A Canadian federal judge who asked a woman in a rape trial why she couldn’t keep her knees together resigned Thursday after a disciplinary council recommended he be removed from the bench.
Judge Robin Camp stepped down before Canada’s Parliament could act on the recommendation.
Camp argued that “unconscious bias” was to blame for the offending comments. In addition to asking the 19-year-old why she didn’t keep her knees together to fend off her alleged attacker, he also asked her why she didn’t “skew her pelvis” to avoid penetration.
Camp apologized and said he was remorseful, claiming it showed he was amenable to rehabilitation.
But the Canadian Judicial Council was not convinced.
“We find that the judge’s conduct, viewed in its totality and in light of all of its consequences, was so manifestly and profoundly destructive of the concept of impartiality, integrity and independence of the judicial role that public confidence is sufficiently undermined to render the judge incapable of executing the judicial office,” the council said in its report.
The trial in question
Camp made the comments as a provincial court judge in a 2014 trial. He became a federal judge in 2015.
He also remarked that, “Some sex and pain sometimes go together … that’s not necessarily a bad thing.”
Camp acquitted the accused man and offered him some advice:
“I want you to tell your friends, your male friends, that they have to be far more gentle with women. They have to be far more patient. And they have to be very careful. To protect themselves, they have to be very careful.”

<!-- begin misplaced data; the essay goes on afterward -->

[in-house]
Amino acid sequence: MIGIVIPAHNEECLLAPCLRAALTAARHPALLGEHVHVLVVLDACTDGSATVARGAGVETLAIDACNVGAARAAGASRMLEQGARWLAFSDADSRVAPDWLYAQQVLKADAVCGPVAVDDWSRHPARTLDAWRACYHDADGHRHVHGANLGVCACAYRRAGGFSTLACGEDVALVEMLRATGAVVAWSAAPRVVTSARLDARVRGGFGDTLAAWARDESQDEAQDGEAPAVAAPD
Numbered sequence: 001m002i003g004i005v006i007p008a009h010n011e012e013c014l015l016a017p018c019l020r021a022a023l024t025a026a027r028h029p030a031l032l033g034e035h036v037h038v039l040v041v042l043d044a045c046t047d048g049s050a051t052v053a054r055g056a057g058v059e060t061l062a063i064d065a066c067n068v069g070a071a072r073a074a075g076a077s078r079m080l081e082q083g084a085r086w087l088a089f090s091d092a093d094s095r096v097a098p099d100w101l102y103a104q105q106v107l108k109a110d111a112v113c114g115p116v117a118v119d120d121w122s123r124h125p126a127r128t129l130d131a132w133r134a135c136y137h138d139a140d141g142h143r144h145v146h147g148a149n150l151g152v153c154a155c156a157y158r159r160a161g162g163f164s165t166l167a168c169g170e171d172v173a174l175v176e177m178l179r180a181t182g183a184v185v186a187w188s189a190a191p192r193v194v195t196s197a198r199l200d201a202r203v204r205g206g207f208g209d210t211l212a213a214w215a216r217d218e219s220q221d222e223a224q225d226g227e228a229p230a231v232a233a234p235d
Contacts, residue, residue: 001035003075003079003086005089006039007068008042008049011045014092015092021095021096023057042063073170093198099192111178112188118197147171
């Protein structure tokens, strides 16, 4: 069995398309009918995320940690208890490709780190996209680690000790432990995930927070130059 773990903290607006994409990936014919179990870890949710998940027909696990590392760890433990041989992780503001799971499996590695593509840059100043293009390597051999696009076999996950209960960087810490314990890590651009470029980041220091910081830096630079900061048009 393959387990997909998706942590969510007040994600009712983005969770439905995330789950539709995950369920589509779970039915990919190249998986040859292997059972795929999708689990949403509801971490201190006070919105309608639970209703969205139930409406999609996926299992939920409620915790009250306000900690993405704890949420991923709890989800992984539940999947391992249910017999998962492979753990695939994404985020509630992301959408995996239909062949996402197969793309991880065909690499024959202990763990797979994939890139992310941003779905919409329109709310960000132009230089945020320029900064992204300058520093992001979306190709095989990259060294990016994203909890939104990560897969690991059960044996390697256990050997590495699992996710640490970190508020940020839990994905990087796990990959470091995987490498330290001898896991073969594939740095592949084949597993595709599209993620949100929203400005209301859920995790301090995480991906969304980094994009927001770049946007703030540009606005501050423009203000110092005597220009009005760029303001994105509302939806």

The comments came to light after the Alberta Court of Appeal overturned the acquittal. The man was found not guilty a second time, which Camp said contributed to his claim that he deserved a second chance.
Judge apologizes, again
Four of the 23 judges on the Canadian Judicial Council voted against the motion to remove Camp. They agreed his behavior rose to misconduct but said a sanction short of removal was appropriate, based on his remorse and efforts to seek rehabilitation.
The council adopted findings from another inquiry that also recommended dismissal. The Inquiry Committee of the Canadian Judicial Council said the judge “relied on discredited myths and stereotypes about women and victim-blaming” and said the comments showed “antipathy” toward laws meant to protect vulnerable witnesses.
The South African-born judge testified in the December hearing that he had “a nonistent” knowledge of Canadian criminal law and had not received training on sex assault cases. In his legal career, he focused mostly on contract and bankruptcy cases, he said.
In a statement announcing his resignation, Camp apologized “to everyone who was hurt by my comments” during the trial.
“I thank everyone who was generous and kind to me and my family in the last 15 months, particularly my legal team. I will not be answering media inquiries today,” he said.